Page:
Art by Emma Crees
Transparency Item: The Perspectives section of the Graphic is comprised of articles based on opinion. This is the opinion and perspective of the writer.
For many students, the beginning of the academic year marks the start of new roommate combinations.
Some students make the choice to live with friends they have made during their time in school. This can be a great arrangement for certain people who love the extra time with their friends outside of class.
For others, however, this can be more stressful than beneficial.
Often what students do not realize until they get to college is living with people is a very intimate experience. You see the idiosyncracies that make up a person: how they organize –– or don’t organize –– their side of the room, what time they go to bed, whether they prefer to shower in the morning or night and more. Cohabitation is an important skill for college students to learn, but it can sometimes be too taxing for a friendship.
I have found it is rare to have a friend that you can spend endless time with. Some friends are class friends or similar-hobby friends; some are going-out friends or workout buddies. Having something in common does not mean you and your friend will automatically be good roommates.
It takes a certain dynamic to live with a person and spend all day with them. In some cases, living with someone you do not see during the day can provide the necessary space to maintain a good relationship.
If you find that you are in a situation where your roommate/friend is a source of stress and this is causing tension in your friendship and living situation, here are some words of advice.
1. Needing space from people is normal.
It can feel uncomfortable to recognize that a relationship feels suffocating, especially when you know your friend has good intentions. However, sometimes there is a limit to how much time you can spend with someone before feeling emotionally drained.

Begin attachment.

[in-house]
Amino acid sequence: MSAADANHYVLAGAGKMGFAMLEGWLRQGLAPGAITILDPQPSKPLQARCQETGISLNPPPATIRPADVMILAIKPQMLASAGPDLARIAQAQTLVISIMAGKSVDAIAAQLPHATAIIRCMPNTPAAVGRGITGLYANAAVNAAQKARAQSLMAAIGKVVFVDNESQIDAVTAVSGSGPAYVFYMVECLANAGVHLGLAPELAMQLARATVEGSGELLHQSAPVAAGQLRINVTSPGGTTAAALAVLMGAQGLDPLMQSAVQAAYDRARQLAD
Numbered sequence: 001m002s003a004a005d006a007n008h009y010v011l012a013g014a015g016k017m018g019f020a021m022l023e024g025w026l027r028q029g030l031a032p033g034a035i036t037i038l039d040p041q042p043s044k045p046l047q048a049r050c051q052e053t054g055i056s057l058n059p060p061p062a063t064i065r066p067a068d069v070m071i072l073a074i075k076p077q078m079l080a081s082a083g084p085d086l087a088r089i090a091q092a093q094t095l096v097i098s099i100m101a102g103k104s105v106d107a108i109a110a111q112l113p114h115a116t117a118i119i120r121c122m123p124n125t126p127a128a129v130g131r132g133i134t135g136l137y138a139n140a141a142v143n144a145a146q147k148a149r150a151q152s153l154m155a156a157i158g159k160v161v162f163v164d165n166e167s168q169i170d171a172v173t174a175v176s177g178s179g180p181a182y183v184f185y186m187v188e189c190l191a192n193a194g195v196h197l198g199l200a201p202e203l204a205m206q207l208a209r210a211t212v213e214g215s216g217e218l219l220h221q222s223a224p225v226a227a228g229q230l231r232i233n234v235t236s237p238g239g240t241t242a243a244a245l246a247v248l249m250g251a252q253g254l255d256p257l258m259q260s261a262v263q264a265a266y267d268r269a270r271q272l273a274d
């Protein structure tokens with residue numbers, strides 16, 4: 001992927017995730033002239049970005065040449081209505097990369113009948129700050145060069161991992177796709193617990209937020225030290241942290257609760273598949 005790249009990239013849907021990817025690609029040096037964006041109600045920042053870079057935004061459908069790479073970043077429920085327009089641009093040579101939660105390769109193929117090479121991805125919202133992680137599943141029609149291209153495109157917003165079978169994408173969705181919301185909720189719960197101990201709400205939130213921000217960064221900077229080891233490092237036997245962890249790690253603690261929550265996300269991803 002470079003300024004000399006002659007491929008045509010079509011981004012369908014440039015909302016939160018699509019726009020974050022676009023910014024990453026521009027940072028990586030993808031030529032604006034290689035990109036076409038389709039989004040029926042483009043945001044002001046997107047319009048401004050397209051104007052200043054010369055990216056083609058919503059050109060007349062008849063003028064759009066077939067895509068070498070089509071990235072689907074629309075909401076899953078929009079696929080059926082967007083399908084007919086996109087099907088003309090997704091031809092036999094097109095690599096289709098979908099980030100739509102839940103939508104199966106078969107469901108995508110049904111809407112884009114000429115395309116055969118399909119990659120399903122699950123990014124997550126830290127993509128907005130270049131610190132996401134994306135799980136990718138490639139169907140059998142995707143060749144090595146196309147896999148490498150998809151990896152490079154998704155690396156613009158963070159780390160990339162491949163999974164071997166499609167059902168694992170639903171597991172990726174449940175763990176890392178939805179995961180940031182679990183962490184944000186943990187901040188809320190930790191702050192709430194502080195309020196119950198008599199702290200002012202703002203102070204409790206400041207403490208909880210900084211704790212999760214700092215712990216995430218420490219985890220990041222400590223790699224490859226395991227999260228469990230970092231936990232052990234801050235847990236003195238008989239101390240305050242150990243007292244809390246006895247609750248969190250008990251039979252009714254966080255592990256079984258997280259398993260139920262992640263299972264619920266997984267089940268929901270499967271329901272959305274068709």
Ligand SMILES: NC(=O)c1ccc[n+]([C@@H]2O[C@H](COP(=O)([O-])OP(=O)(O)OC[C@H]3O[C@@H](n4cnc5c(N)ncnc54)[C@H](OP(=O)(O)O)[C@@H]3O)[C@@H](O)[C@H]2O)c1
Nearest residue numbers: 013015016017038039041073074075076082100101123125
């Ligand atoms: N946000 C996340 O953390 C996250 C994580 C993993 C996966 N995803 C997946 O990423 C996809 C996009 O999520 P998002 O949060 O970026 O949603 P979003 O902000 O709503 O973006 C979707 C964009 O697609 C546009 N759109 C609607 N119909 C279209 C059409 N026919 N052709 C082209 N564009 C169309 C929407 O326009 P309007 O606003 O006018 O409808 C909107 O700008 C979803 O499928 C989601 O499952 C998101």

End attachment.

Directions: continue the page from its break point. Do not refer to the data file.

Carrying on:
If this is the case, create space for yourself. One way to effectively do this is to find activities to participate in outside of the dorm while you know your roommate is home.
Instead of being with your roommate all day, create a routine of working out while they are in the dorm between classes, or study in the library instead of in your room with them. Utilize the opportunity to take advantage of other activities and locations on campus that you may not have otherwise explored.
2. Prioritize communication.
One of the best and most effective ways to work through conflict is to clearly express your feelings to the other person. A surefire way to avoid defensiveness or further argument is to not express judgment but instead share your feelings and your feelings only.
An example of this would be: “Hey, I have early classes during the week, so when you stay up late on the phone with friends, it makes it challenging for me to get enough sleep. Maybe you could take your calls in the common room if they’re after 10 p.m.?”
This can prevent a situation in which your friend feels judged and instead help you focus on how the situation can be fixed. Assuming this is already a friend of yours, a conversation of this nature should be less intimidating because you know each other well enough to feel comfortable expressing your thoughts.
3. Utilize available resources.
If communication and the creation of new routines that take you out of the dorm do not aid the situation, it’s possible you may need to utilize your resident advisor (RA) or spiritual life advisor (SLA).
There is nothing wrong with needing to vent to someone about roommate issues, wanting a second opinion or bringing in a mediator. A major responsibility of an RA or SLA is to walk alongside students and help those who are living on campus with any problems that may arise. This absolutely includes roommate relationships.
If you find yourself in need of help, do not feel ashamed or guilty. Just because you are friends with your roommate does not mean the relationship will be conflict-free. Sometimes, two people are not meant to live together. That doesn’t mean you can’t be great friends or overcome this issue. It just means that not all friends can be roommates.
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